Alumni reunite on Homecoming


Neeva Patel, Staff Writer

“Reunions across the country might initiate anxiety and bring back feelings of being 17 again, but when people go and just connect with people they’ve grown up with, it’s always a really fun experience,” Director of Development Melissa Parento ‘90 said.  

Every year the school hosts class reunions on the evening of Homecoming for past classes to reunite, Director of Alumni Relations Kristin Lax P’22 ‘26 said. The reunions also encourage alumni to attend Homecoming, since they are already in the area for reunions, Lax said.

This Saturday, 13 classes will reunite: the Class of 1957 and every multiple of five onwards until 2017. The reunions will all take place at the Harmonie Club in Manhattan, with different spaces reserved for each of the different classes. The reunions are managed by the Alumni and Development Office, and Parento and Lax plan most of the events, she said. 

Robert Owens ‘67 P’18, P’21 loves to attend reunions because they allow him to once again share a space with the intelligent people he grew up with, he said. “The nicest thing was the camaraderie,” he said. “You share your school career with some incredibly interesting and smart kids, and then you all go on your own way.”

Although Owens does not attend every reunion, he was keen on attending his 50th reunion five years ago because of how special and important of a year it was —  in total, around 25 alumni attended. “Everyone was sitting around big tables over dinner and either saying, ‘do you remember that weird thing that happened in 7th grade?’ or just catching up on what people have been doing with their lives,” he said. Since several of Owens’ classmates had passed away, the class held a moment of silence to remember these individuals.

Andrew Peck ‘87 P’24, P’26 also enjoyed reconnecting with various members of his class during reunions, the vast majority of which he had not seen since graduating from the school. The last reunion Peck attended was 15 years ago. “It was interesting to learn where various people had ended up not only personally, but also professionally and geographically,” he said.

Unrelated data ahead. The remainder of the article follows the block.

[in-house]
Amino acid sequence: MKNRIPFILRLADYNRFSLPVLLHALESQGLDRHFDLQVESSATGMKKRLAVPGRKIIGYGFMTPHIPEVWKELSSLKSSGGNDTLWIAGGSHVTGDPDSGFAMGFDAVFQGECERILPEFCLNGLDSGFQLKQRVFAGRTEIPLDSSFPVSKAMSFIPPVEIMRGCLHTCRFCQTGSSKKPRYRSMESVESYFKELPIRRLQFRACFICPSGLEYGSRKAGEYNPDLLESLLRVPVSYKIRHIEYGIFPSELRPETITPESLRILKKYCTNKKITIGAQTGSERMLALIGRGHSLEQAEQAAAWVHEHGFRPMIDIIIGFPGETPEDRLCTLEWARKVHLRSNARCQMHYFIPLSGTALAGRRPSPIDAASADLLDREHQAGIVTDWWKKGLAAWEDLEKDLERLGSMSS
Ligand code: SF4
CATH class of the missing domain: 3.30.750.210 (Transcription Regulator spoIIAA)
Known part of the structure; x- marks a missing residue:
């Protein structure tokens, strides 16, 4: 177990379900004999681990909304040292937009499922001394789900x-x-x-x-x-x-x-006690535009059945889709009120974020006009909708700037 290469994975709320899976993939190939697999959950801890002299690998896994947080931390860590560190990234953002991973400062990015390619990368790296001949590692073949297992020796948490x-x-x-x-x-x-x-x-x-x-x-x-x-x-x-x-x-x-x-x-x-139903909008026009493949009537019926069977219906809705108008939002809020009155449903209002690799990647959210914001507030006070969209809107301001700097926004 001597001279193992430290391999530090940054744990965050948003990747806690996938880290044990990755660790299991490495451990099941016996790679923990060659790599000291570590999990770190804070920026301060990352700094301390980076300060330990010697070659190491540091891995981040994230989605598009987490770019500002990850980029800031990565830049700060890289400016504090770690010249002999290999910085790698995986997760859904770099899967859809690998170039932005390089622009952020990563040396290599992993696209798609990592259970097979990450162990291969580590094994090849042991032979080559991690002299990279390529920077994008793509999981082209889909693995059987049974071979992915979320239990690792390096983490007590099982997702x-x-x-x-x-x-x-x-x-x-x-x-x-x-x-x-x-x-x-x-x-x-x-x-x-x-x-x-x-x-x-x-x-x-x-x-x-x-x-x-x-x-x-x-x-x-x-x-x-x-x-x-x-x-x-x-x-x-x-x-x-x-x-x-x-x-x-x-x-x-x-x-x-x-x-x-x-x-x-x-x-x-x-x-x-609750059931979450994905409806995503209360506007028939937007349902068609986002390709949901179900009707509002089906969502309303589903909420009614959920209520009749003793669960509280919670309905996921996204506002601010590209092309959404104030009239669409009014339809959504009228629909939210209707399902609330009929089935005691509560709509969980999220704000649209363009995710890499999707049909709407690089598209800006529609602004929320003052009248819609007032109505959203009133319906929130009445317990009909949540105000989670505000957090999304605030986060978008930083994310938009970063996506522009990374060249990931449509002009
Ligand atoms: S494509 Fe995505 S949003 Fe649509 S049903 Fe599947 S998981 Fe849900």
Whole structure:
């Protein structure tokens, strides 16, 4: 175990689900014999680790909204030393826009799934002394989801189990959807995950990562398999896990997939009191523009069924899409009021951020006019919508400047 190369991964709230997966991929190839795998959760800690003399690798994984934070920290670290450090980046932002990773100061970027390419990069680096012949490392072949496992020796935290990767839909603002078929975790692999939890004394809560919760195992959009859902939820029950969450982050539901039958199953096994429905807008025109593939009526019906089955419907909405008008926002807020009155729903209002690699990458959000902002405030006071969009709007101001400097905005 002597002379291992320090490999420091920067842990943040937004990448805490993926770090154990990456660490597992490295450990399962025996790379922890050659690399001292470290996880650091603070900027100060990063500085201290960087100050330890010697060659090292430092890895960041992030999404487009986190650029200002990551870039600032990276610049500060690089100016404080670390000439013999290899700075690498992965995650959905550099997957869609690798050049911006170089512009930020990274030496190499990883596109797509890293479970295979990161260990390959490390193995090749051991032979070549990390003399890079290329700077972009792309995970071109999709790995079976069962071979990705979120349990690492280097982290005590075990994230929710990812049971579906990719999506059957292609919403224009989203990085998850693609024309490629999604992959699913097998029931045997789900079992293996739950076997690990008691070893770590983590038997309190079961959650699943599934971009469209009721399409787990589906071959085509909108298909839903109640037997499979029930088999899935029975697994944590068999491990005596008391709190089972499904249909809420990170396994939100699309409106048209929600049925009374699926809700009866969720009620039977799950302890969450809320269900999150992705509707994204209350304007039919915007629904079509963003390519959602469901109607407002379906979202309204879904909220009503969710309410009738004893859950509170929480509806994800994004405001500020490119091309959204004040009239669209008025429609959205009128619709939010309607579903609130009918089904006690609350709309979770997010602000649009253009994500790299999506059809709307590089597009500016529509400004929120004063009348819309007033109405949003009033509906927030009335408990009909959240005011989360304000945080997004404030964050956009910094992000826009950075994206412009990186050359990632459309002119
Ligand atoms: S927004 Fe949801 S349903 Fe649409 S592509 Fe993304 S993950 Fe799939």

For Head of Middle Division Javaid Khan ‘92, reunions remind him of how his classmates’ faces really haven’t changed, he said. “If you haven’t seen someone for five to ten years, you expect not to recognize them, but the minute you see them, you feel like you are back in the cafeteria again,” he said. Khan has attended almost all of his class reunions and will be attending his 30th this weekend. “In the five-year reunion, everyone is saying ‘we should hang out more or exchange numbers,’ but by the 30th it’s just good to see everyone, there is no promise beyond that,” he said.

 Reunions differ depending on the class’ age, Parento said. “The older classes might have a seated dinner and cocktail hour or something more conducive to what a 65-year-old would enjoy, while the younger classes have a cocktail reception with hors d’oeuvres,” she said. 

In the Class of ’87’s room, Parento and Lax will play an 80s-themed playlist; for the Class of ’92, they made a playlist from that generation. “Kristin has good taste in music, so she’ll put popular modern songs in and mix it with songs from the class’ generation,” Parento said.

 In past years, Lax would personally design a playlist based on the music a class listened to in high school, she said. However, she now plays a Spotify pre-made selection for each party.

 Ticket prices are also carefully picked so that a wide range of alumni can attend the reunions. Older classes typically pay $100 while younger classes pay anywhere from $50 to $75, Parento said.

The school subsidizes the budgets for reunions depending on the number of alumni attending. Hotel venues in New York City can cost up to $295 per person for cocktails and dinner, but the school only charges a maximum of $100 per person and covers the rest, Lax said. “If anyone has difficulty paying for their ticket, we always are flexible, because we don’t want cost to prevent anyone from attending,” she said.